’Tis the season for scammers. Of course, it is (sigh). It’s the holiday season.
Sometimes I wish this weren’t true. Social media users need a holiday from them.
This post is about Facebook scammers, but it can apply to just about every social media platform/page/channel there is. I’m not picking on Facebook; this is just one incident from the past weekend that I wanted to warn people about. We know they’re out there; let’s not make it too easy for them.
Sunday afternoon 12/3/23, my client received a note in Facebook Messenger from someone going by the name “Brand Navigator”. The message to my client was a threat of their page being permanently deleted due to a post “that has infringed upon our trademark rights”. The recourse for the Page owner (other than to panic) was to click or tap the provided link and register a complaint, seeking reinstatement if the Page owner felt this was a “misunderstanding” of that particular post.
Facebook has its quality control dept. and will issue warnings or directives THROUGH YOUR SUPPORT INBOX. Every Page and Personal Profile Page has a Support Inbox; these types of warnings or complaints will be recorded here, not through a public post or private Messenger note.
In case you didn’t know: anyone can message any Page or Personal Profile Page – you don’t have to follow that Page or person or be Friends with that person to send a message.
What Could Happen?
Most of these posts (by different fake profiles) provide a link for the user to click or tap. DO NOT CLICK OR TAP THE LINK IN THE POST OR MESSAGE. Approx. 99% of the time, those links are not connected to anything on Facebook (or any other social profile), and once clicked or tapped, it will likely ask you to log in again to verify who you are. Once you’ve done this, that records your info, and then the hacker/scammer can and will lock you out of your accounts and require a ransom to be paid to unlock your account. I wrote a post a while back about not clicking or tapping a link to follow someone and using a password manager; hopefully, the tips in that article will give you some direction.
The other not-so-great part is the hacker/scammer will likely check your profile and mine the contacts to see who else they can trap. In addition, if you listed another social media account on your Facebook page, such as a Linktr.ee, YouTube, or Instagram page, they will try your password — the same one you used for your Facebook account — to take control of that account.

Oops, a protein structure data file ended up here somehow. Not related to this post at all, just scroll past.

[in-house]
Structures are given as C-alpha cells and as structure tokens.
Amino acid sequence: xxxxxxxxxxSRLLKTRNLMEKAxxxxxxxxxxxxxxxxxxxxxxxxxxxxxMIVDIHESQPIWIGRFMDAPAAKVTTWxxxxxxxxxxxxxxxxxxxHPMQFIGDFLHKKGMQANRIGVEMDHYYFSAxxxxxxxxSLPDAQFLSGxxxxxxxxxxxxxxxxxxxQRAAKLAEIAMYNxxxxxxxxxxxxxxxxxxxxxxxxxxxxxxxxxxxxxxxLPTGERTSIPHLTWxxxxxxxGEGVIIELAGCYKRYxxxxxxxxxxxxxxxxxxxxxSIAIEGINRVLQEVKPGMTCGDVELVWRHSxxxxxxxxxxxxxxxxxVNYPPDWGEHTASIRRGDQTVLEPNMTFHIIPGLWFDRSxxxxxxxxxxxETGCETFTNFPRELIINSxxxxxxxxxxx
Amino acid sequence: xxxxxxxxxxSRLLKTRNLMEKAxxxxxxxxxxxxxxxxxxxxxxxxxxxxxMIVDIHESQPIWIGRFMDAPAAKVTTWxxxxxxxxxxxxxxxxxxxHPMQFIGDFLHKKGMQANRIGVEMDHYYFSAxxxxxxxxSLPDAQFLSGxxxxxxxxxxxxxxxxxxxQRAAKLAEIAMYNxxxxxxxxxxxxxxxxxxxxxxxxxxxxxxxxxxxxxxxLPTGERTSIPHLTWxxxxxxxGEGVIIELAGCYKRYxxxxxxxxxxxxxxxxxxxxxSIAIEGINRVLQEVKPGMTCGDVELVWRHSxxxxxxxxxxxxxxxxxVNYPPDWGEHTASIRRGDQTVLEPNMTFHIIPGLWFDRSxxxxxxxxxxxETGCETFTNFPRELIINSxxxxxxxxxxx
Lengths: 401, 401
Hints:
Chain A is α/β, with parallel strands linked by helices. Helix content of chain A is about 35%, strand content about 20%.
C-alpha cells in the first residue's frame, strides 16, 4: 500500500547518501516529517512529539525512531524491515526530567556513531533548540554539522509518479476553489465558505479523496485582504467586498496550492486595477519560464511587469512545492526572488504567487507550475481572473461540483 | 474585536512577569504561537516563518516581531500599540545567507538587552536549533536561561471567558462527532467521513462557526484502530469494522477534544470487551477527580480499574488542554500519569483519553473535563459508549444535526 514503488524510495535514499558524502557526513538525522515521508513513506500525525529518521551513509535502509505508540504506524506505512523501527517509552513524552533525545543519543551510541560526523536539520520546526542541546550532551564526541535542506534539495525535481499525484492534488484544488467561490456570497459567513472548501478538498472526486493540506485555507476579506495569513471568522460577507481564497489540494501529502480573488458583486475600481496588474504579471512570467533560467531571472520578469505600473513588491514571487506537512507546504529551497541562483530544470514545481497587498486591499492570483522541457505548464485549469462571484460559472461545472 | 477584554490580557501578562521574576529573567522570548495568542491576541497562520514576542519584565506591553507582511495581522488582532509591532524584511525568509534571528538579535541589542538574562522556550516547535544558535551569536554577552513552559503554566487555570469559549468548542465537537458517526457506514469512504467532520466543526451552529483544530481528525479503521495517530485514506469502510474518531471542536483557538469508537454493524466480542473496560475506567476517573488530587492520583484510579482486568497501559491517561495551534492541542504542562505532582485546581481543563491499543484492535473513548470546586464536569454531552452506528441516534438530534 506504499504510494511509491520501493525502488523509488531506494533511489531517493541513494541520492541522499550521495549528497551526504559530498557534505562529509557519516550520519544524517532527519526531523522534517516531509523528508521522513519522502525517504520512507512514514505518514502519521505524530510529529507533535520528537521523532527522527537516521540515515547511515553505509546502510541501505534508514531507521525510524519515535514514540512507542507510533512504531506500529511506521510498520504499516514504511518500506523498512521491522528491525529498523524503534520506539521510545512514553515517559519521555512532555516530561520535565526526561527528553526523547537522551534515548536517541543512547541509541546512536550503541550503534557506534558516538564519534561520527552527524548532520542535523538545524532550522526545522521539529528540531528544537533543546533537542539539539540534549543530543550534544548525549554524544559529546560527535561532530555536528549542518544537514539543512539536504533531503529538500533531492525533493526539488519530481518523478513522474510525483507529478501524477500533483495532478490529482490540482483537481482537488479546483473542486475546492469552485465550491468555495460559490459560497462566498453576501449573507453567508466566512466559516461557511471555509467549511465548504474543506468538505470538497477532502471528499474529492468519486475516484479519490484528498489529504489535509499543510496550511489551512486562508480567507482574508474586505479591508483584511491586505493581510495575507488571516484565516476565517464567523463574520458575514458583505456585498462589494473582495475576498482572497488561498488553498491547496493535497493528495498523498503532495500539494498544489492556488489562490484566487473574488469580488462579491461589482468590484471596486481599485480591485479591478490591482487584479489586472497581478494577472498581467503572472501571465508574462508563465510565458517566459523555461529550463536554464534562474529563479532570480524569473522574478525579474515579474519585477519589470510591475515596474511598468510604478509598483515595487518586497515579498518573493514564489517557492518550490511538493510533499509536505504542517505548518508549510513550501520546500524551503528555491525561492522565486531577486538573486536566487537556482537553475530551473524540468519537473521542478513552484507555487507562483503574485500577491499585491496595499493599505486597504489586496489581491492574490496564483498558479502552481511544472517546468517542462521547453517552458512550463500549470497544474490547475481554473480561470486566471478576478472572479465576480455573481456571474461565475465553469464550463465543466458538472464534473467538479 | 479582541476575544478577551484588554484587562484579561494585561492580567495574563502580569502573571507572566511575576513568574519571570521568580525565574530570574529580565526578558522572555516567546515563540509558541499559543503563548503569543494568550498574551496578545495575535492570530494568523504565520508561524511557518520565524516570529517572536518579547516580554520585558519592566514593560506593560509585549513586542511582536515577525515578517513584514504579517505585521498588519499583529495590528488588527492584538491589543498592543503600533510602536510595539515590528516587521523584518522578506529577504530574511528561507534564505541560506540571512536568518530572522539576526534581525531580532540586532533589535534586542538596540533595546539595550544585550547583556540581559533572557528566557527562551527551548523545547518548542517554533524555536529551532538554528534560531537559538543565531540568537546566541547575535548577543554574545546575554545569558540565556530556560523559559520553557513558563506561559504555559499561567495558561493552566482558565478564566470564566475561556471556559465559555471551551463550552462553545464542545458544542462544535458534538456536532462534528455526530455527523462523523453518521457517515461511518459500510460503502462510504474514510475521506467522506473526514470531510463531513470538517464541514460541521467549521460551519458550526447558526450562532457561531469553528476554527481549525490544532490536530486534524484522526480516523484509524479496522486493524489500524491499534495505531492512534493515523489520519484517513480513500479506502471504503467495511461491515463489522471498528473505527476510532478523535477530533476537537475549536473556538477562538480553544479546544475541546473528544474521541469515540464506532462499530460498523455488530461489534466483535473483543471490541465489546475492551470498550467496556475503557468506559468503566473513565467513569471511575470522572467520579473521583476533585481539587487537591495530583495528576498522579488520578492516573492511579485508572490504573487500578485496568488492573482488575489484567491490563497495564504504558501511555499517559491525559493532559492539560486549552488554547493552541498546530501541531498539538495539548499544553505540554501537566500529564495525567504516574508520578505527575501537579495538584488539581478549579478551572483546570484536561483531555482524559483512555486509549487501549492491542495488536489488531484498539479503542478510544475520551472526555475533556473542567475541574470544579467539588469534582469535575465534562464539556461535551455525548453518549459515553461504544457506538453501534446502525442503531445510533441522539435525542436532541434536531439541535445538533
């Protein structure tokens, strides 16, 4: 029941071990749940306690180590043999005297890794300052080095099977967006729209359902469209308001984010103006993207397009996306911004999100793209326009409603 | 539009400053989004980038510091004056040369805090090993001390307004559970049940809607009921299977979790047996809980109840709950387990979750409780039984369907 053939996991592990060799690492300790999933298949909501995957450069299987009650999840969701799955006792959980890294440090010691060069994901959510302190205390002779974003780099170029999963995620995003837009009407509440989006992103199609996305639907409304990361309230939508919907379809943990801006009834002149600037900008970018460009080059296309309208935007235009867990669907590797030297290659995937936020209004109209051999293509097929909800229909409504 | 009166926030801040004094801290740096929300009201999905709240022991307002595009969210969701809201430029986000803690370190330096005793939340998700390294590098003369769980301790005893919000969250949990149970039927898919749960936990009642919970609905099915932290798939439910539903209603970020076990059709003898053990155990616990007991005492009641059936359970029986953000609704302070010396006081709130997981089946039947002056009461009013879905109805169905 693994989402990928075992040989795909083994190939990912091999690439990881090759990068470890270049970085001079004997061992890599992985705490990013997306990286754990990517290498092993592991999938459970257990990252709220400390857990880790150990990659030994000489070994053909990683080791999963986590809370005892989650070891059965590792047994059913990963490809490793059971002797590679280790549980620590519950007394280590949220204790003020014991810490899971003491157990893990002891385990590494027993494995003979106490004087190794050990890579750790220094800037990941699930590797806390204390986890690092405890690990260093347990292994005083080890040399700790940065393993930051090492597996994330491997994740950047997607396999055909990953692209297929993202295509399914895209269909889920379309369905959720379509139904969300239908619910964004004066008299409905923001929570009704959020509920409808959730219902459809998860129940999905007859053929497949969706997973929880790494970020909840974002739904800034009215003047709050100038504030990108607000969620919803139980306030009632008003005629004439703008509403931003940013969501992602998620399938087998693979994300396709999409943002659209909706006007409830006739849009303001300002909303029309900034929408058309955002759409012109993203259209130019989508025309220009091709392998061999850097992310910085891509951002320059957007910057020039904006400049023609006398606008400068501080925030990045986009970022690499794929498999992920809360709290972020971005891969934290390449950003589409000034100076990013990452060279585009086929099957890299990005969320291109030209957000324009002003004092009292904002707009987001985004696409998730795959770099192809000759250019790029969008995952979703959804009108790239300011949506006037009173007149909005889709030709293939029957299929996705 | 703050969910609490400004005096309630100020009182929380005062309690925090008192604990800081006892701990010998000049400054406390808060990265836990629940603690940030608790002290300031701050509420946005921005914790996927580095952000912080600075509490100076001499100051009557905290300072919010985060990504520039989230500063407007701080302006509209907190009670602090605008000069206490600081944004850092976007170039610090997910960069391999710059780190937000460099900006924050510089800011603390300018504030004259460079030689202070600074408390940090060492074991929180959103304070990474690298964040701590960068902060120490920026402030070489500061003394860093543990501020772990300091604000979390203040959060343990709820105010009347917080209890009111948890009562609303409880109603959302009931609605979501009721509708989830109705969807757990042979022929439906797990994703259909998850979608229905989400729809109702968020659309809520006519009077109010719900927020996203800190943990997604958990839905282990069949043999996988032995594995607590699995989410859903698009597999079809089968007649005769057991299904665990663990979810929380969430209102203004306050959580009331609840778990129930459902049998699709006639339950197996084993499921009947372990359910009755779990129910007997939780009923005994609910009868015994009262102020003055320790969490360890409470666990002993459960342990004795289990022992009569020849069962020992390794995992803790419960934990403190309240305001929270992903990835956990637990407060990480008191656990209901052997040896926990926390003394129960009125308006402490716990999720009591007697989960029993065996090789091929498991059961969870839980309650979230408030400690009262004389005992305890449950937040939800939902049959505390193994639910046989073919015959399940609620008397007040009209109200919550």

First, I checked my client’s Facebook Support Inbox to make sure we didn’t violate any rules or guidelines. If the Page had because we didn’t pay attention to one of our posts, this is where the notice would be sent. As you can see from the JPG, no violations — we’re good here.
Keeping my cool but pretty frustrated by the intrusion, I decided to check out the scammer’s Facebook profile. This is pretty easy to do: the three dots in the upper right-hand corner of the JPG above allow me to search for this profile. From my search, I could see “Brand Navigator” posted a recommendation for another Facebook page. WRONG. This was the same post my client received in their Messenger account — exactly the same.
Now I could click on the profile name and check out this person. Turns out it could be a young person who works at The Krusty Krab in the Philippines, and may have started high school in 2019. It could also be a disguise for the real identity — in other words, a potentially fake profile. This image used in the Facebook avatar (red gradient with headset, like a gamer’s headset) must be pretty popular with the new scammer set; I’ve seen this image on Facebook at least twice in the past two months! I’m not outing it here just yet; as of this writing, my report has not been answered by Facebook, so I’ll save that for later.
Now that I had what I needed, I reported this person to Facebook Support (see link in the next paragraph), describing the entire incident, gave Facebook my email for verification, and provided screenshots (see attached); then I rejected the message in my client’s Messenger and blocked this “Brand Navigator” from my client’s business page.
What Can Users Do?
If you see something suspicious on your Facebook or Instagram account, you can report it by using this Facebook link: https://www.facebook.com/help/contact/485974059259751/ . In this case, I clicked on the last choice, “Other abuse”, to file my report.
This link from Facebook’s Help Center deals with Reporting Abuse, but other links on the left-hand side menu may be helpful as well: https://www.facebook.com/help/1753719584844061/?_rdc=1&_rdr
If you search using DuckDuckGo.com with this phrase: “facebook report scammer” (you don’t need the quotes to search), you’ll see different results that may also be helpful.
The bottom line: DON’T assume the notice you get is really from Facebook, regardless of how professional it may sound. I’ve also seen scammers use the Facebook logo to look more official and trick non-suspecting Facebook members. This particular profile may have been removed by Facebook by now, but you may see or be contacted by other similar profiles. ’Tis the season for scammers & hackers!
Don’t rush through your posts or just scroll blindly, like the woman in the commercial who tapped on malware and didn’t realize it until it was too late. Slow down. Breathe. Be aware, be careful, and be safe.
Be strategic. Be visible. Be found.
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